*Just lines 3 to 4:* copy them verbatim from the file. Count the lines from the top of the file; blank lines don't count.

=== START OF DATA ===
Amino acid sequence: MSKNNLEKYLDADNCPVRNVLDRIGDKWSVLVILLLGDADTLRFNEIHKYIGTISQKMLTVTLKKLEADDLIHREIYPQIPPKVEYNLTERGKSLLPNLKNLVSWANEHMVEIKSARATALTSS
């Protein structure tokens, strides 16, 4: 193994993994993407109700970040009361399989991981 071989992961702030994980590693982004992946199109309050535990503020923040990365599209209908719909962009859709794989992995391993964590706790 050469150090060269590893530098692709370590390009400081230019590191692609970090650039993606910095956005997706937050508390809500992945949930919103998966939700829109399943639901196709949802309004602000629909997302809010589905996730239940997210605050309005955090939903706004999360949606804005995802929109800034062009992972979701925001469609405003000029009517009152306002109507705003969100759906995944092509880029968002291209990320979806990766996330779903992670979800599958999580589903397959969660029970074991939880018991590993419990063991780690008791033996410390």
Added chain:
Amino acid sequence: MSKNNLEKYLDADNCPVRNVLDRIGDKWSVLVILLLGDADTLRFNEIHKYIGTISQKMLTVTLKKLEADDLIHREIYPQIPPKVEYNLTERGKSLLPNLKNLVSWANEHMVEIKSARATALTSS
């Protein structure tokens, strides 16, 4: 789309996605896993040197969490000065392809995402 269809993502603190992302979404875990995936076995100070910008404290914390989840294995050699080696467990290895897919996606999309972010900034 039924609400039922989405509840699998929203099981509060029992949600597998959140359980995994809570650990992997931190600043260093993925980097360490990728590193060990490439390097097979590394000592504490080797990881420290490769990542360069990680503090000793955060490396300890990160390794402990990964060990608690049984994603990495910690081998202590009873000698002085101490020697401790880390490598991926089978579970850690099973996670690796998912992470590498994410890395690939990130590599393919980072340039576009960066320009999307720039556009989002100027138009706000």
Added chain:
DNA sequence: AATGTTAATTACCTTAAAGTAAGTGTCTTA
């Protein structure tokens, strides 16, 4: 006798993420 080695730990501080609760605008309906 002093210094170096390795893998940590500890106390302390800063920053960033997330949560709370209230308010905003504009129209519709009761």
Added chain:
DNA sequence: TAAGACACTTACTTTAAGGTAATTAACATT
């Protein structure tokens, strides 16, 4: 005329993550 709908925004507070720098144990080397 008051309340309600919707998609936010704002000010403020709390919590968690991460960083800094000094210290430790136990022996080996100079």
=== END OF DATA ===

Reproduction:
Added chain:
Amino acid sequence: MSKNNLEKYLDADNCPVRNVLDRIGDKWSVLVILLLGDADTLRFNEIHKYIGTISQKMLTVTLKKLEADDLIHREIYPQIPPKVEYNLTERGKSLLPNLKNLVSWANEHMVEIKSARATALTSS